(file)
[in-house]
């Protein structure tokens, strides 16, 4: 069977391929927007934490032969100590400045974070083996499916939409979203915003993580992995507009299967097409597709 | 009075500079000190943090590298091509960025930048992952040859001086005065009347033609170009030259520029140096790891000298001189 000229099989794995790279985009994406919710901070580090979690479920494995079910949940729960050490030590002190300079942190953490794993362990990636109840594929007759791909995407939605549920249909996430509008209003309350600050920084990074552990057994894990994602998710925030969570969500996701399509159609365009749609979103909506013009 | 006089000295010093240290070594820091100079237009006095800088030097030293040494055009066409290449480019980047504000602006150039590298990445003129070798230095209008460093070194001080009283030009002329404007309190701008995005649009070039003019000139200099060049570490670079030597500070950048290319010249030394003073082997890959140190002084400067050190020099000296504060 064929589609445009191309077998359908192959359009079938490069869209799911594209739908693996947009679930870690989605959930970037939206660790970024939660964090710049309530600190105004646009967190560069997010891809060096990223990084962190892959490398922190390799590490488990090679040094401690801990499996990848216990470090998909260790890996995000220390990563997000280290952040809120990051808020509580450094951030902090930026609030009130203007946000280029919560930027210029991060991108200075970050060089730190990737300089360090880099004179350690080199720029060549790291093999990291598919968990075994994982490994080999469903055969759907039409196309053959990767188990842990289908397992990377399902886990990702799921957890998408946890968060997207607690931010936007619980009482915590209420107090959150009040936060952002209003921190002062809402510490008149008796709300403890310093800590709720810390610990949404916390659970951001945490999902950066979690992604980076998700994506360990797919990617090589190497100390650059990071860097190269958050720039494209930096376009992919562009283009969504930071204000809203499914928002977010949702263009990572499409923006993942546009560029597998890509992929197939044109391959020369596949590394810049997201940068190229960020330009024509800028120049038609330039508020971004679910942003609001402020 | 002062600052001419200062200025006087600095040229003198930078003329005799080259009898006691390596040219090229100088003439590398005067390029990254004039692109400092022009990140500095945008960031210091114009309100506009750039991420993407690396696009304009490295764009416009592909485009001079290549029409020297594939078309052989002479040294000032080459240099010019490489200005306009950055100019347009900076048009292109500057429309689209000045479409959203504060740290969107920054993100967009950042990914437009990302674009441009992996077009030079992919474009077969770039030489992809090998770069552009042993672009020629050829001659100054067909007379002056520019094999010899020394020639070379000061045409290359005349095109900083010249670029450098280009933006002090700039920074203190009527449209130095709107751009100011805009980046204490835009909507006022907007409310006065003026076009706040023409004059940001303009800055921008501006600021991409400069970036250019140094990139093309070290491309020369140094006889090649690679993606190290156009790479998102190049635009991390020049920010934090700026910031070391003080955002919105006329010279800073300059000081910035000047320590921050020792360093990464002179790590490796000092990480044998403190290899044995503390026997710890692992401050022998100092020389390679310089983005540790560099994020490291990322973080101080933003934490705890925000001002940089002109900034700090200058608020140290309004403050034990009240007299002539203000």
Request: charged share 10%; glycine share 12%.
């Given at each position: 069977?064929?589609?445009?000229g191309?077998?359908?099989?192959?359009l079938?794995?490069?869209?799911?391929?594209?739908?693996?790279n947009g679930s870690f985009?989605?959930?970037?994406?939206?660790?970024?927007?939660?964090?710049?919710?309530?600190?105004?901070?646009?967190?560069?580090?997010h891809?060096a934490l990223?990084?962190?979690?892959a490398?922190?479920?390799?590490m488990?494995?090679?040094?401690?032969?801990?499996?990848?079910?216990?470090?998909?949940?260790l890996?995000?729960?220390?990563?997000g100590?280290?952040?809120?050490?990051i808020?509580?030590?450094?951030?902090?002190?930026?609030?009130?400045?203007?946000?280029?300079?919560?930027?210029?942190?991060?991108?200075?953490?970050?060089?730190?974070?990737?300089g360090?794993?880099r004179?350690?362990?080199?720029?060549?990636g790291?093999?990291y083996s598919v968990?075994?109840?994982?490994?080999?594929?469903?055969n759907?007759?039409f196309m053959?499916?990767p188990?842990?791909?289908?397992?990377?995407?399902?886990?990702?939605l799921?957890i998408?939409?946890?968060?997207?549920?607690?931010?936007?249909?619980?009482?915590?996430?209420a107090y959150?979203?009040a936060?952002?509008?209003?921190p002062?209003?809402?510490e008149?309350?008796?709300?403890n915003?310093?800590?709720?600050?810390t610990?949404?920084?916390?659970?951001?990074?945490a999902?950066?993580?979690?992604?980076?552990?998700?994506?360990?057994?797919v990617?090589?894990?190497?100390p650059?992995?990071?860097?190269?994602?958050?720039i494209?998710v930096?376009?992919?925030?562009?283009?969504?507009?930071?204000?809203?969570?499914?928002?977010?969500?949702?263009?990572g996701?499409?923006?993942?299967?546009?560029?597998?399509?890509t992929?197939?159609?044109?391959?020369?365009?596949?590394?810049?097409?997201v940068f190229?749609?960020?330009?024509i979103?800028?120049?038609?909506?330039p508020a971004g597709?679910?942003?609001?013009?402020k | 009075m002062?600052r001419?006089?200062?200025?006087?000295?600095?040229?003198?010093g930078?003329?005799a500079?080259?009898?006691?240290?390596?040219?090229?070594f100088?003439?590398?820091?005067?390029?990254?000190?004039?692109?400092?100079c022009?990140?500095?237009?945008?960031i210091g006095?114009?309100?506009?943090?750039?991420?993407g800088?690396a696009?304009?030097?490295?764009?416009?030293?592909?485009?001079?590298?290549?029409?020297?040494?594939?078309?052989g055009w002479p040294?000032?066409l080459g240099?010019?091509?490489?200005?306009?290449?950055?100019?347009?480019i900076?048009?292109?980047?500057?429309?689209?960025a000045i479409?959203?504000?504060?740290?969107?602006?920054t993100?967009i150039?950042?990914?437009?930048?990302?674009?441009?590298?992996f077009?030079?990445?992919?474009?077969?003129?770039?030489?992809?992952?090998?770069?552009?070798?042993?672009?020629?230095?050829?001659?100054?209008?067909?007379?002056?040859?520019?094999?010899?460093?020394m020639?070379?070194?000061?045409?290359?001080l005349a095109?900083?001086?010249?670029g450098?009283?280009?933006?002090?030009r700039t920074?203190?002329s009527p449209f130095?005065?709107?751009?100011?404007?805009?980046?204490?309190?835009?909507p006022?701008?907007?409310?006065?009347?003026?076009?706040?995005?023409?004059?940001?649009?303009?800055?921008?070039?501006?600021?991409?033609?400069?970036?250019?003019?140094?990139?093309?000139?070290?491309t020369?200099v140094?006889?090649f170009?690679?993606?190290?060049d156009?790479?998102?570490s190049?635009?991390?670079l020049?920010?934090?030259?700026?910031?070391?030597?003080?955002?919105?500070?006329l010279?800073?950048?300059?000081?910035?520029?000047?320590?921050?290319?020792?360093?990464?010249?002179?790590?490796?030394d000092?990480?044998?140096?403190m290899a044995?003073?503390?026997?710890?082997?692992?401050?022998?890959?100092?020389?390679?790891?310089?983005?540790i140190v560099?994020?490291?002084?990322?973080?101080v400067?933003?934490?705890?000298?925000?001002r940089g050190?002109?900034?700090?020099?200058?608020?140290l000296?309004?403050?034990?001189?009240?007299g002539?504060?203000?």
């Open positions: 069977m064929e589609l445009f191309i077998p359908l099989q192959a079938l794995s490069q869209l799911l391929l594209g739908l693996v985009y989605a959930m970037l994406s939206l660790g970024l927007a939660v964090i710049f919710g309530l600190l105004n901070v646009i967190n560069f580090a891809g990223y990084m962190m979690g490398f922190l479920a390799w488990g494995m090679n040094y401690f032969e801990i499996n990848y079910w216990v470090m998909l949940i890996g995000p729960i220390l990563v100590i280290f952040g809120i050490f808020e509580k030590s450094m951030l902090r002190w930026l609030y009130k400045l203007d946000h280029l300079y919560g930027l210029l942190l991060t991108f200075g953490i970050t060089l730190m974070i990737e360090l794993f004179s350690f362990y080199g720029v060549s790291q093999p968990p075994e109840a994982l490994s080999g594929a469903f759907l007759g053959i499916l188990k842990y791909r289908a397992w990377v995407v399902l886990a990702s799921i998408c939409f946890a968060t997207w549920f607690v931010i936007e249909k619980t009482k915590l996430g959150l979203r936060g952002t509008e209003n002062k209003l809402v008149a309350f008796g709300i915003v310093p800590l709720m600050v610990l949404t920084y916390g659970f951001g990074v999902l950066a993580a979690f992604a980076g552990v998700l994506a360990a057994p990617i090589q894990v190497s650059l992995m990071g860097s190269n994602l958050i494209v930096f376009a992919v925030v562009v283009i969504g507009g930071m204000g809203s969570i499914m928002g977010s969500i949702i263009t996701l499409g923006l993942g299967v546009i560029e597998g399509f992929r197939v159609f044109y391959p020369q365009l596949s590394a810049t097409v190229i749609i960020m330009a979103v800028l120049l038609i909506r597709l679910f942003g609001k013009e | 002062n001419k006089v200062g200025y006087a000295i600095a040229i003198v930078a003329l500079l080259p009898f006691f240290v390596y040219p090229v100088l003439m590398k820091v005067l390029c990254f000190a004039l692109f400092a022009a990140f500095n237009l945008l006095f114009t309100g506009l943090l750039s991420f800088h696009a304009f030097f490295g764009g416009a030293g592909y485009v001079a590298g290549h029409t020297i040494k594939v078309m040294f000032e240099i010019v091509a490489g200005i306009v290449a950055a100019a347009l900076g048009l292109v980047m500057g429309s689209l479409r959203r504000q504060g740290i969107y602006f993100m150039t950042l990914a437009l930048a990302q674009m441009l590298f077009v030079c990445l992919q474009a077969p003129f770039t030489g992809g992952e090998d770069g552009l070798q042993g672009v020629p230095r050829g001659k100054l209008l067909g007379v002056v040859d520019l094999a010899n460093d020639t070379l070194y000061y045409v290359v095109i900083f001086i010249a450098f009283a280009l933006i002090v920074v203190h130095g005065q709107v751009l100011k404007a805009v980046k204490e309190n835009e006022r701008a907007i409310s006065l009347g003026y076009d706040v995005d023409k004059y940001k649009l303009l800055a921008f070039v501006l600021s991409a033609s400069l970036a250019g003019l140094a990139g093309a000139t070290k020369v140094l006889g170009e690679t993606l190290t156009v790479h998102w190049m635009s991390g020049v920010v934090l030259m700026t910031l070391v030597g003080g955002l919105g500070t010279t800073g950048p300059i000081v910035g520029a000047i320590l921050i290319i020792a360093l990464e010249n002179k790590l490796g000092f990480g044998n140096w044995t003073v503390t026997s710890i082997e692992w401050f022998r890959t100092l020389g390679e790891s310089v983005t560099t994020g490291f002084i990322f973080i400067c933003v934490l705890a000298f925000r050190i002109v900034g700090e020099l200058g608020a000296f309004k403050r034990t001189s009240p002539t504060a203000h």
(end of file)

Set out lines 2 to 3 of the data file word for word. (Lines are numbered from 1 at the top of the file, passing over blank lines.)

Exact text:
């Protein structure tokens, strides 16, 4: 069977391929927007934490032969100590400045974070083996499916939409979203915003993580992995507009299967097409597709 | 009075500079000190943090590298091509960025930048992952040859001086005065009347033609170009030259520029140096790891000298001189 000229099989794995790279985009994406919710901070580090979690479920494995079910949940729960050490030590002190300079942190953490794993362990990636109840594929007759791909995407939605549920249909996430509008209003309350600050920084990074552990057994894990994602998710925030969570969500996701399509159609365009749609979103909506013009 | 006089000295010093240290070594820091100079237009006095800088030097030293040494055009066409290449480019980047504000602006150039590298990445003129070798230095209008460093070194001080009283030009002329404007309190701008995005649009070039003019000139200099060049570490670079030597500070950048290319010249030394003073082997890959140190002084400067050190020099000296504060 064929589609445009191309077998359908192959359009079938490069869209799911594209739908693996947009679930870690989605959930970037939206660790970024939660964090710049309530600190105004646009967190560069997010891809060096990223990084962190892959490398922190390799590490488990090679040094401690801990499996990848216990470090998909260790890996995000220390990563997000280290952040809120990051808020509580450094951030902090930026609030009130203007946000280029919560930027210029991060991108200075970050060089730190990737300089360090880099004179350690080199720029060549790291093999990291598919968990075994994982490994080999469903055969759907039409196309053959990767188990842990289908397992990377399902886990990702799921957890998408946890968060997207607690931010936007619980009482915590209420107090959150009040936060952002209003921190002062809402510490008149008796709300403890310093800590709720810390610990949404916390659970951001945490999902950066979690992604980076998700994506360990797919990617090589190497100390650059990071860097190269958050720039494209930096376009992919562009283009969504930071204000809203499914928002977010949702263009990572499409923006993942546009560029597998890509992929197939044109391959020369596949590394810049997201940068190229960020330009024509800028120049038609330039508020971004679910942003609001402020 | 002062600052001419200062200025006087600095040229003198930078003329005799080259009898006691390596040219090229100088003439590398005067390029990254004039692109400092022009990140500095945008960031210091114009309100506009750039991420993407690396696009304009490295764009416009592909485009001079290549029409020297594939078309052989002479040294000032080459240099010019490489200005306009950055100019347009900076048009292109500057429309689209000045479409959203504060740290969107920054993100967009950042990914437009990302674009441009992996077009030079992919474009077969770039030489992809090998770069552009042993672009020629050829001659100054067909007379002056520019094999010899020394020639070379000061045409290359005349095109900083010249670029450098280009933006002090700039920074203190009527449209130095709107751009100011805009980046204490835009909507006022907007409310006065003026076009706040023409004059940001303009800055921008501006600021991409400069970036250019140094990139093309070290491309020369140094006889090649690679993606190290156009790479998102190049635009991390020049920010934090700026910031070391003080955002919105006329010279800073300059000081910035000047320590921050020792360093990464002179790590490796000092990480044998403190290899044995503390026997710890692992401050022998100092020389390679310089983005540790560099994020490291990322973080101080933003934490705890925000001002940089002109900034700090200058608020140290309004403050034990009240007299002539203000």
Request: charged share 10%; glycine share 12%.